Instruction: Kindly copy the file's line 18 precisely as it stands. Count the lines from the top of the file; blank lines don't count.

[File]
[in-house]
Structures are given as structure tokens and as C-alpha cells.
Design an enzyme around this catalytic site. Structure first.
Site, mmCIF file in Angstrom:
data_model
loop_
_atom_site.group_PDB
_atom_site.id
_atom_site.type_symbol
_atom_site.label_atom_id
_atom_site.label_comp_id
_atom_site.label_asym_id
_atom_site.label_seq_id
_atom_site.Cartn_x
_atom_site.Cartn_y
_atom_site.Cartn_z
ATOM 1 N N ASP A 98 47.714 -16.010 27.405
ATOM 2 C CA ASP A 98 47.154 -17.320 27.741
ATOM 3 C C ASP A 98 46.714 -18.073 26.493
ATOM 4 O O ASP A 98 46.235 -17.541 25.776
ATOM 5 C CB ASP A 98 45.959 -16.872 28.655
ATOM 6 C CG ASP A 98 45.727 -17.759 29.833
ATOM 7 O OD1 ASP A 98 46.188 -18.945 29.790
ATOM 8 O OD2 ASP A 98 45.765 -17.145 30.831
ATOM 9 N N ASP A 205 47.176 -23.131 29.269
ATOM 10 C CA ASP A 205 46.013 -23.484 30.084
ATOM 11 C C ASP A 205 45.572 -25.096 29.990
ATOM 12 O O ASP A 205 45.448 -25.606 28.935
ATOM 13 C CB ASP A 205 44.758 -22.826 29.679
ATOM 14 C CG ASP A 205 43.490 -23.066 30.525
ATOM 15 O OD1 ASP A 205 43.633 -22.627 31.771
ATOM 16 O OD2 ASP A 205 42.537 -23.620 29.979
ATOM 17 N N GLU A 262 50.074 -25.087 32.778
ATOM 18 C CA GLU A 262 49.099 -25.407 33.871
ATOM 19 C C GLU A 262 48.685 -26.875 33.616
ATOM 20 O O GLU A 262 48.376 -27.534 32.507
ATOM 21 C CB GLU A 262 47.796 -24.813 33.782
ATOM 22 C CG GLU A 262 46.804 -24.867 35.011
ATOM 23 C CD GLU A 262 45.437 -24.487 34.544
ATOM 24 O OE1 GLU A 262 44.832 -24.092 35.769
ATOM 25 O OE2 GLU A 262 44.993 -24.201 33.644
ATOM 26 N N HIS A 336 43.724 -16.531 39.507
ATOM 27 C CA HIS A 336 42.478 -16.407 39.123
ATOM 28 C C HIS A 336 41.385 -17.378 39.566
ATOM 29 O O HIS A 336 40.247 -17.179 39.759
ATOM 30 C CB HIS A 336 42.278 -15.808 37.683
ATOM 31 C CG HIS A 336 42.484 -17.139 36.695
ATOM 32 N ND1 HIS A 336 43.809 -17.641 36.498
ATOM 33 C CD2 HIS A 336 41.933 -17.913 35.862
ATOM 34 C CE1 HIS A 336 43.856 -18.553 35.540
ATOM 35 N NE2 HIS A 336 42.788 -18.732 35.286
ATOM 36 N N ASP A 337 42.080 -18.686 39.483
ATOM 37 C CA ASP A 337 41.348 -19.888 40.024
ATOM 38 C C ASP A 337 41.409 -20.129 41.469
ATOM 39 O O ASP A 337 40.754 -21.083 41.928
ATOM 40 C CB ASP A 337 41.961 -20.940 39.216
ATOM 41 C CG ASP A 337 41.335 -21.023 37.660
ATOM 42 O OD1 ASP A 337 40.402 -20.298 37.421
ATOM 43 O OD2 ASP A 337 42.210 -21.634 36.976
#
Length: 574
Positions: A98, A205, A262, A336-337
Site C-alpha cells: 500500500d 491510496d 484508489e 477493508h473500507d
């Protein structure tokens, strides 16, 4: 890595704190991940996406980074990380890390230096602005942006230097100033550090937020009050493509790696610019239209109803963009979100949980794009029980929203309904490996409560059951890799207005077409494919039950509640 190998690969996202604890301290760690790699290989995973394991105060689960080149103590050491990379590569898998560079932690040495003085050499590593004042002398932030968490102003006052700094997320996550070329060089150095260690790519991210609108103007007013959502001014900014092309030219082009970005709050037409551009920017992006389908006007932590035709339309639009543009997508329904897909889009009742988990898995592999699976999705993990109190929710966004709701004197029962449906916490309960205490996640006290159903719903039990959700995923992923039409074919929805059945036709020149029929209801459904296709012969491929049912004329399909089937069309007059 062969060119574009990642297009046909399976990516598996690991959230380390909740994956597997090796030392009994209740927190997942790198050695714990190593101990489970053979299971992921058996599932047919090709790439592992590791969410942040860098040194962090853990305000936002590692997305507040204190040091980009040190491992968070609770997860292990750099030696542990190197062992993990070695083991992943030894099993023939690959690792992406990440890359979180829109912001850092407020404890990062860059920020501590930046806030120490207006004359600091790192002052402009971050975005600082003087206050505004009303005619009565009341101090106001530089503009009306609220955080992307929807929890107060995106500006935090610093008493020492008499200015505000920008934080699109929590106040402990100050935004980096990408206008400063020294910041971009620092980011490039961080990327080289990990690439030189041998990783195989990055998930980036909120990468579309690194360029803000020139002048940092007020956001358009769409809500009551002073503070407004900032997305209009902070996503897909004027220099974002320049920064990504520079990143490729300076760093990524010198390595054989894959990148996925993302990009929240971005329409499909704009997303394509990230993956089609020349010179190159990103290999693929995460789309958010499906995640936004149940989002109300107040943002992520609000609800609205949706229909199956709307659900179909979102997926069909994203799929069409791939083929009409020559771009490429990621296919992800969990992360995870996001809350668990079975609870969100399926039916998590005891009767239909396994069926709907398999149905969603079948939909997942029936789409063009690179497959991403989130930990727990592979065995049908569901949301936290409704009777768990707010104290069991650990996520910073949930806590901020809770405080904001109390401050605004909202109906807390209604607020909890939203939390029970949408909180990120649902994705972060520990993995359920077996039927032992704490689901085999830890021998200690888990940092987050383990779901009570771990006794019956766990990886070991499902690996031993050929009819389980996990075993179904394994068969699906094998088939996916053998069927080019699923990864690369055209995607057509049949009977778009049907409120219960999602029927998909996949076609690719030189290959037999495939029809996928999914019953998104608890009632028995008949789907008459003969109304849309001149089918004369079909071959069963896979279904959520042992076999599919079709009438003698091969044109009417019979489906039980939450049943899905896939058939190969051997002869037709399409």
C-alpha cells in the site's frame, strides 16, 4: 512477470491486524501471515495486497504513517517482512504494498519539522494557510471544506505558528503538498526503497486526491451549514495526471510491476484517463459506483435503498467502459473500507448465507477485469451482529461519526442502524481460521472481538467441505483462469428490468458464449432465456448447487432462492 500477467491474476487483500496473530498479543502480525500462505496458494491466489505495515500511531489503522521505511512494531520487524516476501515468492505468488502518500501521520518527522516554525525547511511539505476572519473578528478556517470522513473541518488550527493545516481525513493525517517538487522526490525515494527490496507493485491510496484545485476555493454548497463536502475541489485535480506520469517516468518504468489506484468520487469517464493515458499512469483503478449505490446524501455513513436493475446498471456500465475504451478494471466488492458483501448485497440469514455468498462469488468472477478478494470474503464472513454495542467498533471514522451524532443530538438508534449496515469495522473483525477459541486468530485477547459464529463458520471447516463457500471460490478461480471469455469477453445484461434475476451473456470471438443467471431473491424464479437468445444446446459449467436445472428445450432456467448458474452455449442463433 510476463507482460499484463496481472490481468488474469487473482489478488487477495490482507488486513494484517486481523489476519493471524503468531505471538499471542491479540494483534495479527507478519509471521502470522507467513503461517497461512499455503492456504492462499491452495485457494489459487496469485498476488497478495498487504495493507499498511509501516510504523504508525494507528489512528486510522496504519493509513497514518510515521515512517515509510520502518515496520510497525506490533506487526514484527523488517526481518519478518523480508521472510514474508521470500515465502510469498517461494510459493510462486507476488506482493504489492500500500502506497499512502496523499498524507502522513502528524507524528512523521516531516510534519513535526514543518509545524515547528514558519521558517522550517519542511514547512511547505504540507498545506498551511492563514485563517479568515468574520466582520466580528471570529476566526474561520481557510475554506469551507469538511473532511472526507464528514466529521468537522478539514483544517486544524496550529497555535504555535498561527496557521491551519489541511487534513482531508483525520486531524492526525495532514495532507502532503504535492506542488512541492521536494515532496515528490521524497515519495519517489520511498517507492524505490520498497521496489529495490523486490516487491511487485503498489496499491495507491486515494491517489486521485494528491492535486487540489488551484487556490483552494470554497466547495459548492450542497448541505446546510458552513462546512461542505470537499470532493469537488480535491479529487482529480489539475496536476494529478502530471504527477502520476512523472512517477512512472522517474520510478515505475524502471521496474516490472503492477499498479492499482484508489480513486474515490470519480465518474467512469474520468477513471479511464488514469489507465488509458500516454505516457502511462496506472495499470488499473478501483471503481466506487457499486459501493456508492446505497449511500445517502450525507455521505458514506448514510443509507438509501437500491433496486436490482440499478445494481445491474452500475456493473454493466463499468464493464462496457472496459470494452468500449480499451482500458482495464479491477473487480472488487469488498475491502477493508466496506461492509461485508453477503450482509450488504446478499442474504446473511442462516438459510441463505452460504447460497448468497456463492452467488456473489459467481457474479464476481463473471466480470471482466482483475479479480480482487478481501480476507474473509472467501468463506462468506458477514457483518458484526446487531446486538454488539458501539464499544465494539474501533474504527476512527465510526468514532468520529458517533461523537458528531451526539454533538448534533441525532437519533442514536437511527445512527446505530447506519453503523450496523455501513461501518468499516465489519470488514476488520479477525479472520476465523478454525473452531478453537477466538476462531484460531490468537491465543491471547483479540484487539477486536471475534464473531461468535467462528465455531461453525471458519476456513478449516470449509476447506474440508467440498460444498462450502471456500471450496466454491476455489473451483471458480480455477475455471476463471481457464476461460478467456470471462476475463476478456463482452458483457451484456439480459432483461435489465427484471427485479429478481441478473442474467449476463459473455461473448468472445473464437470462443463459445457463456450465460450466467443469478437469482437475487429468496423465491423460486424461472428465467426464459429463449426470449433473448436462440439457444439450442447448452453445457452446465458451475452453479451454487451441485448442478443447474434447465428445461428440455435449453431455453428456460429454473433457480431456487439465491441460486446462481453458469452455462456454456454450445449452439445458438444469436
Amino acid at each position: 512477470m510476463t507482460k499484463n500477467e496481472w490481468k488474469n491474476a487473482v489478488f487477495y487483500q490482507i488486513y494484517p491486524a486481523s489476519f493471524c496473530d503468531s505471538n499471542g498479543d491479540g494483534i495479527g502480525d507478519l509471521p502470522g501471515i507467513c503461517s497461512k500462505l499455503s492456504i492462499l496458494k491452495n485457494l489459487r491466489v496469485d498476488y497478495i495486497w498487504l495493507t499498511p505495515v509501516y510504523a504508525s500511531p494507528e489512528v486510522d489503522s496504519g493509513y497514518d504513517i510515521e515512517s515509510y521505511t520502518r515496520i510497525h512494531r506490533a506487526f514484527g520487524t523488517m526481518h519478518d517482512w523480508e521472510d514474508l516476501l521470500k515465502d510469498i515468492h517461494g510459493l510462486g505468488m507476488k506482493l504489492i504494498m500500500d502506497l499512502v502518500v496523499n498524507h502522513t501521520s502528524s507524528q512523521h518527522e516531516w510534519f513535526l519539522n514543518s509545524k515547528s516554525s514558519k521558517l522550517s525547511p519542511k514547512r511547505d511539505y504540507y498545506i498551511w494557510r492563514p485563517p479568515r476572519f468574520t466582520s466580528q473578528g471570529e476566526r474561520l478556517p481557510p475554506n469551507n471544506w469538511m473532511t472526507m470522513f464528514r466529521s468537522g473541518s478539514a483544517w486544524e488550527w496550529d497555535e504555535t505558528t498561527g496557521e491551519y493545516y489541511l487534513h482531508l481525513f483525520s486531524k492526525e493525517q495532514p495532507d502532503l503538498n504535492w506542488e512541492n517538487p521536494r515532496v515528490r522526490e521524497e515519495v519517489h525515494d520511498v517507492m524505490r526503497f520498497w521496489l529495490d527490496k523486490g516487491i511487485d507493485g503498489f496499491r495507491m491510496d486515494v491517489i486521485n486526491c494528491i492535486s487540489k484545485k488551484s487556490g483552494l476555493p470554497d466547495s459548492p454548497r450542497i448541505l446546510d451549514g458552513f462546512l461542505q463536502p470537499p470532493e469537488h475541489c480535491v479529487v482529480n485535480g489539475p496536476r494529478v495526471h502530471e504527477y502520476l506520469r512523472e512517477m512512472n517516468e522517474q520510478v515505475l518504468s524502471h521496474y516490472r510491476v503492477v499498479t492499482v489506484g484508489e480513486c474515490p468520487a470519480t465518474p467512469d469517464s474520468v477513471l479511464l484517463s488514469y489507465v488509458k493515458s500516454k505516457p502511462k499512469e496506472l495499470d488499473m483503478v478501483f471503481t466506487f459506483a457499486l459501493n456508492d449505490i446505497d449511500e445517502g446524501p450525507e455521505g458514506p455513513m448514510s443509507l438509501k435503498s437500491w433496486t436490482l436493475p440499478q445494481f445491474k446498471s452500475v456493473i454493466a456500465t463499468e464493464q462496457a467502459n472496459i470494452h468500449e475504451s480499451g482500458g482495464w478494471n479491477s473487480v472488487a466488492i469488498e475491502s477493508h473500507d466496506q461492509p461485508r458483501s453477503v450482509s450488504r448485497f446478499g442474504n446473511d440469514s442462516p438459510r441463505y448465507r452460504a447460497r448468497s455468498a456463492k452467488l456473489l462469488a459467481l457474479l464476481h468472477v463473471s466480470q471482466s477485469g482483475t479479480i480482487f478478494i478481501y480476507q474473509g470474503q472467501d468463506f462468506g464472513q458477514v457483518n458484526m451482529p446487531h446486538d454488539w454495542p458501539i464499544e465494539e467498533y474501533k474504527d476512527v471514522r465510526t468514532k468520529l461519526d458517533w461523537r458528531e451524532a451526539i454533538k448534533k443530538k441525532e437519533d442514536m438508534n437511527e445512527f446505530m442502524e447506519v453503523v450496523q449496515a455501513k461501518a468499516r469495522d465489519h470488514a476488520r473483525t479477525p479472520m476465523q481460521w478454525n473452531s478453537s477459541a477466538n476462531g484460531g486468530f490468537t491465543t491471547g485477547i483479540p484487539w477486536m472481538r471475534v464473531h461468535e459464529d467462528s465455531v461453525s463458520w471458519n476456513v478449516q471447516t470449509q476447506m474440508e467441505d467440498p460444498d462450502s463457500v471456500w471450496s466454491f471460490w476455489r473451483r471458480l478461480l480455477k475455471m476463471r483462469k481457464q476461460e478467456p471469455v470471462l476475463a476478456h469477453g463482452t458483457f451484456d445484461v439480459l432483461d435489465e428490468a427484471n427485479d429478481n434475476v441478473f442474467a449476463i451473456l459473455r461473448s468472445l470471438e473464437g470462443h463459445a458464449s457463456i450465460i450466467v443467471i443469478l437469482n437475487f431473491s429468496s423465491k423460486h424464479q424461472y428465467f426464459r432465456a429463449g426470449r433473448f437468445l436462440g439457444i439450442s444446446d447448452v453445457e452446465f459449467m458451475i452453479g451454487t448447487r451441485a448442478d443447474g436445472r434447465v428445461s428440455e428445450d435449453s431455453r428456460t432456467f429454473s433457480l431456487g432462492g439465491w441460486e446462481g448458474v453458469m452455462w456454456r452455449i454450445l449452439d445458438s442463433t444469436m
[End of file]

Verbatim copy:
ATOM 2 C CA ASP A 98 47.154 -17.320 27.741